Also, it’s hard to see, what with all the cables and straps jabbing me in the eyes.
And I don’t even want to think about what might happen if I were to suffer an actual crash, wherein I hit my helmet. But I can easily imagine the following scenarios coming to pass:
In the best-case scenario, all the electronics I have strapped to my head would have a contest with my skull to see which is harder and better-built. I have high confidence that the VIO lipstick lens in particular would remain intact long after my skull splintered.
In the worst-case scenario, of course, all the electronics would break upon impact. I don’t even want to think about how much that would cost me.
Suggestions for Improvement
Helmet makers of the world, I’m quite sure that by now I’ve got you on board with the impending crisis you face by not considering the literal cornucopia of helmet accessories either being made or about to be made available to the electronics-hungry cyclist (And I do mean literal; I keep my helmet accessories in a cornucopia. It’s very handy).
In order to accommodate the needs of my accessories and my head, you need to start updating your helmets to be geared more toward the electronic-savvy cyclist. Now.
I have suggestions.
- The Helmet Helmet: Consider making your helmets so that they have a nice hollow area — a space between two styrofoam layers — in which accessories can be mounted. That way, when I crash, I’ll have an outer layer of helmet protecting my electronics, while the inner layer protects my noggin. While I understand this may make the helmet look like a giant beach ball and create new problems when a stiff wind blows, I think these are trivial issues that can be safely ignored.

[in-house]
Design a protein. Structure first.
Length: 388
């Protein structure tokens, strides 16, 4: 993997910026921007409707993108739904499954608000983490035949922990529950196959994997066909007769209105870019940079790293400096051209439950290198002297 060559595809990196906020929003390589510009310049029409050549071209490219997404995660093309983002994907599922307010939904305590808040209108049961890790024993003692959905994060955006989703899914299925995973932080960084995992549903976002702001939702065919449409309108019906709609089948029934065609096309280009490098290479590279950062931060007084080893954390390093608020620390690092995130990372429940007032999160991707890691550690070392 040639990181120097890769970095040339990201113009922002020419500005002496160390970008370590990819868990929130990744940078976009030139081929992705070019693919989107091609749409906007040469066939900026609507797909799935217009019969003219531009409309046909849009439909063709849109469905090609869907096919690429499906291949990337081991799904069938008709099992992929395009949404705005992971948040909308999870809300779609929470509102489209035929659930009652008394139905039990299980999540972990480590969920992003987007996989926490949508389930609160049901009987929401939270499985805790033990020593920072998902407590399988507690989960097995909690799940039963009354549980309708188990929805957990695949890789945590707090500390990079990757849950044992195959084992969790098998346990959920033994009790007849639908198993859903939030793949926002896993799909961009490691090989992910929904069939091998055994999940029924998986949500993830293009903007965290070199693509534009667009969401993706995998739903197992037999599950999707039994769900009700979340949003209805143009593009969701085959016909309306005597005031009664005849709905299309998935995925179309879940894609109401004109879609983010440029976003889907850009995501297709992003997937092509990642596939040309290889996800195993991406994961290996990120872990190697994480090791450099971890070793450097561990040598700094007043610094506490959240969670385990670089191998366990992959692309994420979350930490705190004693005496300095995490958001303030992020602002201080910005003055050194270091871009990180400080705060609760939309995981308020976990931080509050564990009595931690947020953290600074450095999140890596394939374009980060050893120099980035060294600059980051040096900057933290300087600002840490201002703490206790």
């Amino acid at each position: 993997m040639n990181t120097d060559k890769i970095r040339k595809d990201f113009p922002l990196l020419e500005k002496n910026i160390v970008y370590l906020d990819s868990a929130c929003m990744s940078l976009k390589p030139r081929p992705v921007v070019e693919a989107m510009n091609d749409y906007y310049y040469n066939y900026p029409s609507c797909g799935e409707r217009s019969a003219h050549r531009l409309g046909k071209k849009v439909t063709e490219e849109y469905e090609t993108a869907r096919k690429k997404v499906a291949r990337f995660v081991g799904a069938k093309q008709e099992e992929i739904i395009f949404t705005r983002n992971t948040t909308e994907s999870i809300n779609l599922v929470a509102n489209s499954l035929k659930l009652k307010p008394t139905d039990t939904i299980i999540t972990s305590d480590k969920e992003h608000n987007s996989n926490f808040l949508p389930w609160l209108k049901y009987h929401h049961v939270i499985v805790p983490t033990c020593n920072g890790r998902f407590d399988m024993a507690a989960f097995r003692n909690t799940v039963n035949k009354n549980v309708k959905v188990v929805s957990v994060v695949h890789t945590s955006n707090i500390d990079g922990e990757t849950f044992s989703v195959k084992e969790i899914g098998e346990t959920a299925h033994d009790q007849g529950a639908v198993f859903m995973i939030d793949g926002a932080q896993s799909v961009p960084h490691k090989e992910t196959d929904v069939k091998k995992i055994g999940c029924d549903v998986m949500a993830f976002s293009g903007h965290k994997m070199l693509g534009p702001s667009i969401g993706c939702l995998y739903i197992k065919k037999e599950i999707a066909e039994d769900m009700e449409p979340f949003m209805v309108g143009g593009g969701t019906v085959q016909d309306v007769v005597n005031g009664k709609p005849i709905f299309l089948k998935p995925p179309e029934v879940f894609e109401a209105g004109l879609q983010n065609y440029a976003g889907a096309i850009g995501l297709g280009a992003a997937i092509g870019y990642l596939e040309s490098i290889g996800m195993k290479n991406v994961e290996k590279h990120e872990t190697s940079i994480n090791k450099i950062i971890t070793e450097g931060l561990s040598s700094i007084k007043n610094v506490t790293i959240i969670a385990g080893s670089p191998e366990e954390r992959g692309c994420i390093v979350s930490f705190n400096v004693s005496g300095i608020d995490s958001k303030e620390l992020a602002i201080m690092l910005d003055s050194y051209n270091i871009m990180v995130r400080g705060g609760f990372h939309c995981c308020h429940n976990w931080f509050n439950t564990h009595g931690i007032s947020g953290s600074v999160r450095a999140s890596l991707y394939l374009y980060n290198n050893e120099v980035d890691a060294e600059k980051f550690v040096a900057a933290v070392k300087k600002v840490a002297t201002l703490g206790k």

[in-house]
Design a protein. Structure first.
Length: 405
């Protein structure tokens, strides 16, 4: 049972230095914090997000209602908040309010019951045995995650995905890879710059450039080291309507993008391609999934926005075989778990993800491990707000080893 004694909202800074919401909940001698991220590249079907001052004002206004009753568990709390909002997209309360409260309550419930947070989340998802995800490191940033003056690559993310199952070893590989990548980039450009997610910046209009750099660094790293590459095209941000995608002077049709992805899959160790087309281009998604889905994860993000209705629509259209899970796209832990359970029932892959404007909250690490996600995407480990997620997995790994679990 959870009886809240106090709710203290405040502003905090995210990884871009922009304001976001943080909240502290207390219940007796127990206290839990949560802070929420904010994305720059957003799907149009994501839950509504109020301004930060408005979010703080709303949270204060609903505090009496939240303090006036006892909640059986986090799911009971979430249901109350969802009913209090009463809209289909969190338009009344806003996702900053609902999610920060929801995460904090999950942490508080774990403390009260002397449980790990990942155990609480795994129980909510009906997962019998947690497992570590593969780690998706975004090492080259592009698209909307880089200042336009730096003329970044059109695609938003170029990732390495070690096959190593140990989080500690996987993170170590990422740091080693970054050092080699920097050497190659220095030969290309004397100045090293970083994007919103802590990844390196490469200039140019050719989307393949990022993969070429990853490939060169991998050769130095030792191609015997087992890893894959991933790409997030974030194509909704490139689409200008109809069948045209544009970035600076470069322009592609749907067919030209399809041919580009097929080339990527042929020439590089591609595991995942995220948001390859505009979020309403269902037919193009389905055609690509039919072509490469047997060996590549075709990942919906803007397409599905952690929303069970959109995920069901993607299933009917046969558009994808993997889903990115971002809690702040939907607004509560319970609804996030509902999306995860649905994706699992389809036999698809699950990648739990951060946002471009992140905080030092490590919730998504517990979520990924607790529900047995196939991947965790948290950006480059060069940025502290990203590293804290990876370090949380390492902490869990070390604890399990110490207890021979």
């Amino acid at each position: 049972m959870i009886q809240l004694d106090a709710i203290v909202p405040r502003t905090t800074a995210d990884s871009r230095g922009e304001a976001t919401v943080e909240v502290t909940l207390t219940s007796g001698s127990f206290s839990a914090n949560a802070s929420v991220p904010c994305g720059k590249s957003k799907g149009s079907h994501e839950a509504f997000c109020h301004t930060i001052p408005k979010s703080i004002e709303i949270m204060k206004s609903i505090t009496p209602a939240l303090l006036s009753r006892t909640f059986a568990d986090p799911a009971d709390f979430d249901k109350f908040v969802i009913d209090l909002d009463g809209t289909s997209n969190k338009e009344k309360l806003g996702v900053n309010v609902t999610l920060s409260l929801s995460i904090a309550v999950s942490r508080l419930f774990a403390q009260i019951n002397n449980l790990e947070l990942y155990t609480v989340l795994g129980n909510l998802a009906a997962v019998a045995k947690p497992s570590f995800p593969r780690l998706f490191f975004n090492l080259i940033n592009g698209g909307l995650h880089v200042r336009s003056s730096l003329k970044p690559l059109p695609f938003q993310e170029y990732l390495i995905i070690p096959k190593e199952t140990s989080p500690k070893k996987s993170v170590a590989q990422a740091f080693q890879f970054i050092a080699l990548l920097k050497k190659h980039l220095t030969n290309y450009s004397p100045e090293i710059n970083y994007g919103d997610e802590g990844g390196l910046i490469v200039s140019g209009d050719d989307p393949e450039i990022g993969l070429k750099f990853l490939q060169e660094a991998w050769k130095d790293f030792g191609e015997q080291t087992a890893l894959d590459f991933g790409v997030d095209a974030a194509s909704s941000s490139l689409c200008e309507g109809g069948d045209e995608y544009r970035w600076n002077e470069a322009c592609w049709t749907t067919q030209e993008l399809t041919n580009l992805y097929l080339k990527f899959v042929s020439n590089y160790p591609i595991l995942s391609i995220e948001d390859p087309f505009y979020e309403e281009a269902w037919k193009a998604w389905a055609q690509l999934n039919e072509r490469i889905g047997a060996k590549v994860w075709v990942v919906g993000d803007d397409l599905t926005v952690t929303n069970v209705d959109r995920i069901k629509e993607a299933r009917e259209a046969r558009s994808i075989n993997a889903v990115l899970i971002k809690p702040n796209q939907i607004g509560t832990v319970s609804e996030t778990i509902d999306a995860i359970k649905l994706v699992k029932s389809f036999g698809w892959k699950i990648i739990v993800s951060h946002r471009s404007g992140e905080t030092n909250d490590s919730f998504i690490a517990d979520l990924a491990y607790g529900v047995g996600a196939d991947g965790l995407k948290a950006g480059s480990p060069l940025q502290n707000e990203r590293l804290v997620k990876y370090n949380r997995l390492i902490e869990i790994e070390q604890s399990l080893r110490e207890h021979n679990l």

- The Harness: As my accessories approach 40 pounds (total, not each!), I need to move the weight so instead of being supported by my neck, it’s transferred to my back. Perhaps a couple of bars that extend out from the side of the helmet and then curve down to hook over the shoulders. While I imagine this may in fact make it a little more difficult to turn my head, I am willing to make that sacrifice.
- Cable / Strap Routing System: All those cables and straps get in my way. They flop in front of my eyes and wrap around my neck, causing me untold nightmares as I imagine getting riding too close to a protruding tree branch. At night, I now dream about spiders. I recommend strategically-placed loops and tunnels placed on the helmet, as well as pseudo-vents to wrapt the velcro straps around.
- GPS / Cell Phone / SiriusXM Booster Antennae: As a modern man, I like to always know where I am. And to be able to make a clear phone call. And to have my choice of 400 commercial-free radio stations. An antenna built into the helmet would go a long way toward making sure that all of my other gadgets get good signal.
- Propeller: I swear, I’m riding into a headwind more than half the time. And when I’m not riding into a headwind, it feels like I am, because riding into no wind at all still feels like a headwind. Right? Anyway, if you were to put a propeller on your helmets and then attach that propeller to a little generator, I think that might supply enough electrical power to my gadgets to keep them all running for the duration of the ride. Imagine how much I’d save on batteries (both in weight and cost!).
Thanks for your attention to this matter, helmet manufacturers. I look forward to seeing my ideas implemented soon.
The Fat Cyclist
PS: You may also want to consider some kind of lead shielding for the inside layer of helmets. Currently when all my gadgets are on, the fillings in my teeth starting humming and become uncomfortably hot.